Helix pomatia agglutinin (HPA) is a carbohydrate binding protein isolated from the Roman snail. There has been considerable interest in understanding HPA binding partners in cancer, as the lectin has been shown to identify glycosylation changes in cancers arising from the epithelia, from patients with poor prognosis. Identifying the HPA binding epitopes associated with a malignant phenotype may be useful for prognostication and may also offer potential as targets for immunotherapy. Previous studies have shown that HPA recognises a multitude of proteins in colorectal cancer (CRC). This study aimed to establish whether HPA recognises the same glycoproteins in breast cancer.
An in vitro model of human breast cancer cell lines was used, ranging from HPA negative, non metastatic, to HPA positive and metastatic. Four human breast cell lines were chosen to represent phenotypes ranging from ‘normal’/benign (HMT3522), primary cancer (BT474) to metastatic cancer (T47D, MCF-7). HPA binding was assessed using confocal microscopy. Membrane proteins were extracted by differential centrifugation and the proteins were analysed by sodium dodecyl sulfate-polyacrylamide gel electrophoresis (SDS-PAGE) with Western blotting. The cell surface glycoproteins recognised by HPA were characterised using 2-dimensional electrophoresis (2-DE), Western blotting and mass spectrometry.
HPA binding correlated with integrin α6 levels, this concurred with previous findings in CRC. HPA also bound transcription factors HnRNP H1, HnRNP D-like, HnRNP A2/B1 as well as Hsp27, GFAP and ENO1. The recognition of HnRNPs, Hsp 27 and ENO1 by HPA correlated with O-GlcNAcylation of these proteins. Interestingly, these HPA-binding glycoproteins were either absent or showed decreased levels in the non-metastatic breast cancer cell line BT474 and in ‘normal’ HMT3522. A comprehensive analysis of the breast cells proteome showed a number of proteins with elevated level in the metastatic breast cancer cell lines T47D and MCF-7, but this is the first report to show elevated levels of elongation factor Tu, Enoyl Coenzyme A hydratase 1 peroxisomal and macropain subunits.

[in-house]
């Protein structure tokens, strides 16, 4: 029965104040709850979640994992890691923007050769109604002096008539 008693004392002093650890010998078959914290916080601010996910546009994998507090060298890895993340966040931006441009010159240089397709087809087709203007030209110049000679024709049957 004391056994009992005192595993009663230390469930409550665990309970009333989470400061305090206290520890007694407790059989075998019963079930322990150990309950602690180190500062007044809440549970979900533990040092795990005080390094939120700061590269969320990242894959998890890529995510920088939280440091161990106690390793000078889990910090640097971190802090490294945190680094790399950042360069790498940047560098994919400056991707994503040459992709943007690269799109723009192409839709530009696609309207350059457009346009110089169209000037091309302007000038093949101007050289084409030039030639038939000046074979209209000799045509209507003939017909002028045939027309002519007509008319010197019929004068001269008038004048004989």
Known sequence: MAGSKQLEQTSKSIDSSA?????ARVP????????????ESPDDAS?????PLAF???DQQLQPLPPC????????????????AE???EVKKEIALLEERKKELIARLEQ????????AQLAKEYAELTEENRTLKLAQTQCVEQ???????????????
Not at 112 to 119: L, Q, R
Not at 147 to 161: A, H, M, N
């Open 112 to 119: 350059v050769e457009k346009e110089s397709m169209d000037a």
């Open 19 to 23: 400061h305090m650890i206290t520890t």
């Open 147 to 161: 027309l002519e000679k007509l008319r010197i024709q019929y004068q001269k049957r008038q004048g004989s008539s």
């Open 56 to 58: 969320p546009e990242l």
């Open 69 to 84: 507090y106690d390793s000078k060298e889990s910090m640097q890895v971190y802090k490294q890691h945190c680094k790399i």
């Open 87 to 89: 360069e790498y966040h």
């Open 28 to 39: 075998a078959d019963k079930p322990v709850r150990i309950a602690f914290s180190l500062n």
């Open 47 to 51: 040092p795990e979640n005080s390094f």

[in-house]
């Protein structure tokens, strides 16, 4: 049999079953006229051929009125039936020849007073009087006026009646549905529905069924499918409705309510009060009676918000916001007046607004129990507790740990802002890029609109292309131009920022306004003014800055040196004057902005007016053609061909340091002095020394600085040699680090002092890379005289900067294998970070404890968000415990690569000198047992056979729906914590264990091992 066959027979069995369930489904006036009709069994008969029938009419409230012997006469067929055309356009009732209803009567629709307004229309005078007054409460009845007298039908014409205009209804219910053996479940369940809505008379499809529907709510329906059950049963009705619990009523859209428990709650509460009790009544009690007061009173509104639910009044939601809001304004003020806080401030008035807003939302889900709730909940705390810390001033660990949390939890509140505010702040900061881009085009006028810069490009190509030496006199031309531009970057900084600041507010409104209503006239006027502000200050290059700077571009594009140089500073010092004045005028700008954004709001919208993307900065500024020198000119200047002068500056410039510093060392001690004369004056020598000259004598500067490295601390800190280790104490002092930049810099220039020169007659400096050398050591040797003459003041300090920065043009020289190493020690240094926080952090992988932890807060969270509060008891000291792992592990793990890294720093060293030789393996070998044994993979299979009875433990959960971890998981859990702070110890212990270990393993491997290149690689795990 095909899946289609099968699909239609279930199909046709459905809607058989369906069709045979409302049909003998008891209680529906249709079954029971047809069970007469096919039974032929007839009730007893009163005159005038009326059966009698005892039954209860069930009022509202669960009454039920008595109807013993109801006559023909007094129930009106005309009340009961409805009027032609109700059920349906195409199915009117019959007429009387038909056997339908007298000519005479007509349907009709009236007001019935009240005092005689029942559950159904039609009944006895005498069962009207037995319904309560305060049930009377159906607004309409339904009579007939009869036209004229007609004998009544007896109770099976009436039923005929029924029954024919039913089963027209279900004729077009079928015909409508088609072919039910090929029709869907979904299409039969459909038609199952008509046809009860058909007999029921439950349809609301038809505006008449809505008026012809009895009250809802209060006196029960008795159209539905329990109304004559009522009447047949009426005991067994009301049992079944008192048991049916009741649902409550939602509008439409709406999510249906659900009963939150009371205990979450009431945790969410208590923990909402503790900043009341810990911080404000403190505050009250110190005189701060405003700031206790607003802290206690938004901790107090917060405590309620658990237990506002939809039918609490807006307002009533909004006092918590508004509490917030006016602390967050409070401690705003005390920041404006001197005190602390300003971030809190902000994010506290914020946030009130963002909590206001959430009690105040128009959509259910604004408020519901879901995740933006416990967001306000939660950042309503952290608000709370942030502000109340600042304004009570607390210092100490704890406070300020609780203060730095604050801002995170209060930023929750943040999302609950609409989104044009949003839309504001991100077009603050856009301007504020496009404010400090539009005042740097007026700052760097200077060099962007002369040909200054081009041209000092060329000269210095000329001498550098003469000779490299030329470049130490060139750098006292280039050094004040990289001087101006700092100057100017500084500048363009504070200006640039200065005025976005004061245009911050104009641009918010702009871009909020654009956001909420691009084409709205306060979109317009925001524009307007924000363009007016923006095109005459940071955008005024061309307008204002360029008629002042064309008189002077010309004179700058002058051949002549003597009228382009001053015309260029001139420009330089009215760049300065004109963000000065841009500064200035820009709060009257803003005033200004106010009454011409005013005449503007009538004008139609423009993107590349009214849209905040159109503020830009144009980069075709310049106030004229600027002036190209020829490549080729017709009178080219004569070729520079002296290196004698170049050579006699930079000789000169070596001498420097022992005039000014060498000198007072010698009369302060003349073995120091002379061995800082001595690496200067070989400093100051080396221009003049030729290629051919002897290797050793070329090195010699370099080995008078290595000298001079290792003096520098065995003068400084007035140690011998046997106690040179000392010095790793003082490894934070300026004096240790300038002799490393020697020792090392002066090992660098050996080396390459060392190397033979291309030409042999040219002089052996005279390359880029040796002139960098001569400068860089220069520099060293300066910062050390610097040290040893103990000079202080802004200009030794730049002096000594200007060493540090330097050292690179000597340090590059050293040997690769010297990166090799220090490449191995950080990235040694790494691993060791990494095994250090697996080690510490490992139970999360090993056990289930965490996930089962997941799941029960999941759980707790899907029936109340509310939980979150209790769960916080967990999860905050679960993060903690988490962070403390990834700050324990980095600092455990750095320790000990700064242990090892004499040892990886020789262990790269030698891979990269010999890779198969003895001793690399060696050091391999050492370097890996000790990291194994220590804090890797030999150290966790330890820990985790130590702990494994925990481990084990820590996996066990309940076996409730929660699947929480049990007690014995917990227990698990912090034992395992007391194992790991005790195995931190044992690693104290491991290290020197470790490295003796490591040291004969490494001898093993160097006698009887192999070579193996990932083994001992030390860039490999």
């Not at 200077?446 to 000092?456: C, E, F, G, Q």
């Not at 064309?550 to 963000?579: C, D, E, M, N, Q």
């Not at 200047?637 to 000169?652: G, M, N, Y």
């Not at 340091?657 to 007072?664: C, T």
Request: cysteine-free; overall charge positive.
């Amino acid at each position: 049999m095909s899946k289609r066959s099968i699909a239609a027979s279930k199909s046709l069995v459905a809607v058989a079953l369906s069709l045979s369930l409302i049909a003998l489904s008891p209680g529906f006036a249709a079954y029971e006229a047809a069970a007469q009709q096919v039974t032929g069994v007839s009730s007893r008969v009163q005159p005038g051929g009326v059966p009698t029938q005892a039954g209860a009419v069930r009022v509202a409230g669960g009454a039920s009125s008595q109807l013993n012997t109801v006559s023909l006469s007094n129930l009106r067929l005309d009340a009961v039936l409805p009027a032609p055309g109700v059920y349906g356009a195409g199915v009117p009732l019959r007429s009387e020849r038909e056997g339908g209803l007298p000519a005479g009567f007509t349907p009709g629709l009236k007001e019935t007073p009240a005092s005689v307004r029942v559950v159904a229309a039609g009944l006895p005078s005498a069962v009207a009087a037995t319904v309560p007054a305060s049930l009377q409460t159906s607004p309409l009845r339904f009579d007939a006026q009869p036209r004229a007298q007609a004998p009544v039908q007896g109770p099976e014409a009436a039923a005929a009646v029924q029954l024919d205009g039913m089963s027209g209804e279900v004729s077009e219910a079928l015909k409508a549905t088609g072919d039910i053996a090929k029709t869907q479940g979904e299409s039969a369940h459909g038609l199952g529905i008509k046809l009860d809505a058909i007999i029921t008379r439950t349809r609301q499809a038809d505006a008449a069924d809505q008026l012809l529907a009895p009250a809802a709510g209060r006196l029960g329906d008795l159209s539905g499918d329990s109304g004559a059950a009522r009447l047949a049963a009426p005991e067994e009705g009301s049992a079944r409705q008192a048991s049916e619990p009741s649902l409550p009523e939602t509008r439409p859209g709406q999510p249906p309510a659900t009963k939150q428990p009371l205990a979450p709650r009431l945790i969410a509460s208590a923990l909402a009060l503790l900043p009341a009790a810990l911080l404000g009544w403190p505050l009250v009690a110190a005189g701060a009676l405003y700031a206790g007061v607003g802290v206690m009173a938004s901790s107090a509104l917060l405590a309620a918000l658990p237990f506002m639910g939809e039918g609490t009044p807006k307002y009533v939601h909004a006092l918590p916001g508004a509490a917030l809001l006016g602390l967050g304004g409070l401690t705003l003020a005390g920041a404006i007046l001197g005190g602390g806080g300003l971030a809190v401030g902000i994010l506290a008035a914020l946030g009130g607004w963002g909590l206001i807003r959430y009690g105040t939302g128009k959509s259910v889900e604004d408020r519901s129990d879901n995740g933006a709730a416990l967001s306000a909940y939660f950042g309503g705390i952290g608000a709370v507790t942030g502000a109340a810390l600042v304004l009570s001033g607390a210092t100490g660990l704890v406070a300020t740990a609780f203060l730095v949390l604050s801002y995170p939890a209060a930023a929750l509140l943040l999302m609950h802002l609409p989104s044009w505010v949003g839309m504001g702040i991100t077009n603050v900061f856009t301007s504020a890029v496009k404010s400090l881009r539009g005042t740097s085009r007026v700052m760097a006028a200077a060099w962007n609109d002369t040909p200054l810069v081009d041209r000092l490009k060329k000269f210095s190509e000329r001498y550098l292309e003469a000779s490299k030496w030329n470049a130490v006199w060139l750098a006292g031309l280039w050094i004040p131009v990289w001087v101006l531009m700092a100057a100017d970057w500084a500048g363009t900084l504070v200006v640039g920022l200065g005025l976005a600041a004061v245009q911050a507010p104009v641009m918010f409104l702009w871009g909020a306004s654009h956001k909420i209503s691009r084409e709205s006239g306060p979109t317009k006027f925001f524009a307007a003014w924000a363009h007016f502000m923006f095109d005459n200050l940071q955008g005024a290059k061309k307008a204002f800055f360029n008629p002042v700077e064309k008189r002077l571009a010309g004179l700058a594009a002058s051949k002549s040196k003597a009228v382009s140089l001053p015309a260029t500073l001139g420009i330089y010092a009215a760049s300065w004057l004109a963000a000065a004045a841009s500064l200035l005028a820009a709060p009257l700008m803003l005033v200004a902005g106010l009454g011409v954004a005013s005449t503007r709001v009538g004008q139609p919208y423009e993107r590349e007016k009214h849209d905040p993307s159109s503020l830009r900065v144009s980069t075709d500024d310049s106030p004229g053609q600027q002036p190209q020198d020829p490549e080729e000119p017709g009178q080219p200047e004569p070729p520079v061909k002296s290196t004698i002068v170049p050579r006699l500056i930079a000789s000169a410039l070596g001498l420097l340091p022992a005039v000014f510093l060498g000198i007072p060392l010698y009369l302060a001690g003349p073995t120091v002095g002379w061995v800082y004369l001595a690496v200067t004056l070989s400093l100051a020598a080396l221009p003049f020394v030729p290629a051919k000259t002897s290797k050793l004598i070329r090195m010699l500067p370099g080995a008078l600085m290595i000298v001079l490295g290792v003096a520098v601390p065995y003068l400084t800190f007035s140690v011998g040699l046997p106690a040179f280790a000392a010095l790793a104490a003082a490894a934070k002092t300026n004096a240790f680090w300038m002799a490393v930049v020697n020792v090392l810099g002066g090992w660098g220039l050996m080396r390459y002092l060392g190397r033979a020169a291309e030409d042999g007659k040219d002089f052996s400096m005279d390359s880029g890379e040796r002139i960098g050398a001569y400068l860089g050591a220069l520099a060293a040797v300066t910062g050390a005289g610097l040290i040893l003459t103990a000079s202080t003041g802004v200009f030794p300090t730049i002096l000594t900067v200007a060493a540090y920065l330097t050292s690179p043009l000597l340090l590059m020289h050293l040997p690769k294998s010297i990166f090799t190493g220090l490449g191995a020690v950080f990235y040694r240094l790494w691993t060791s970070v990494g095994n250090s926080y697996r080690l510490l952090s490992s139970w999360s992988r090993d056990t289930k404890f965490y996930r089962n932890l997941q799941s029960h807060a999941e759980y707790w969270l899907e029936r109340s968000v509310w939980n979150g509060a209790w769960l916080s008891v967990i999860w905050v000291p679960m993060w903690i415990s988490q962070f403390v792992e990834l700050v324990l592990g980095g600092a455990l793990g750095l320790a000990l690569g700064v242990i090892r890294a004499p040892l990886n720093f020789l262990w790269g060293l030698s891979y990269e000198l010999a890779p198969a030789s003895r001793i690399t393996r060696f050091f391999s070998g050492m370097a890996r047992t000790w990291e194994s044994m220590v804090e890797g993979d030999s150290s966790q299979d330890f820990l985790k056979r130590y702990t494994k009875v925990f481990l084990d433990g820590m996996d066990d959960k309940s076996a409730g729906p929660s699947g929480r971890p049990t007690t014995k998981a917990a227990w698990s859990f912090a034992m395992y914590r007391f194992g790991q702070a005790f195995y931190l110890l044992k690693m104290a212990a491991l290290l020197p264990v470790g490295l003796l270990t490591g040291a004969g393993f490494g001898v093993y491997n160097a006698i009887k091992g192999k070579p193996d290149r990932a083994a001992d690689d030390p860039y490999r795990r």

This work was extended to analyse the gene expression for UDP-N-acetyl-alpha-D-galactosamine: polypeptide N-acetylgalactosaminyltransferase (ppGalNAc T1,T2, T3 and T6) and alpha 2,6 sialyltransferases (ST6GalNAc I and II) in the breast cell lines, but no correlation between the expression levels of mRNA of these enzymes and HPA binding was found in this study.
The results from the present study show that, as in CRC cell lines, integrin α6 was the most abundant HPA binding glycoprotein extracted from the breast cancer cells with a metastatic phenotype. This is the first report in which HPA has been shown to bind O-GlcNAcylated transcription factors. This class of proteins represent a new means by which HPA differentiates cancer cells with an aggressive metastatic phenotype. New approaches aimed at targeting these changes might have broad application for the treatment of breast, colorectal and possibly other epithelial cancers.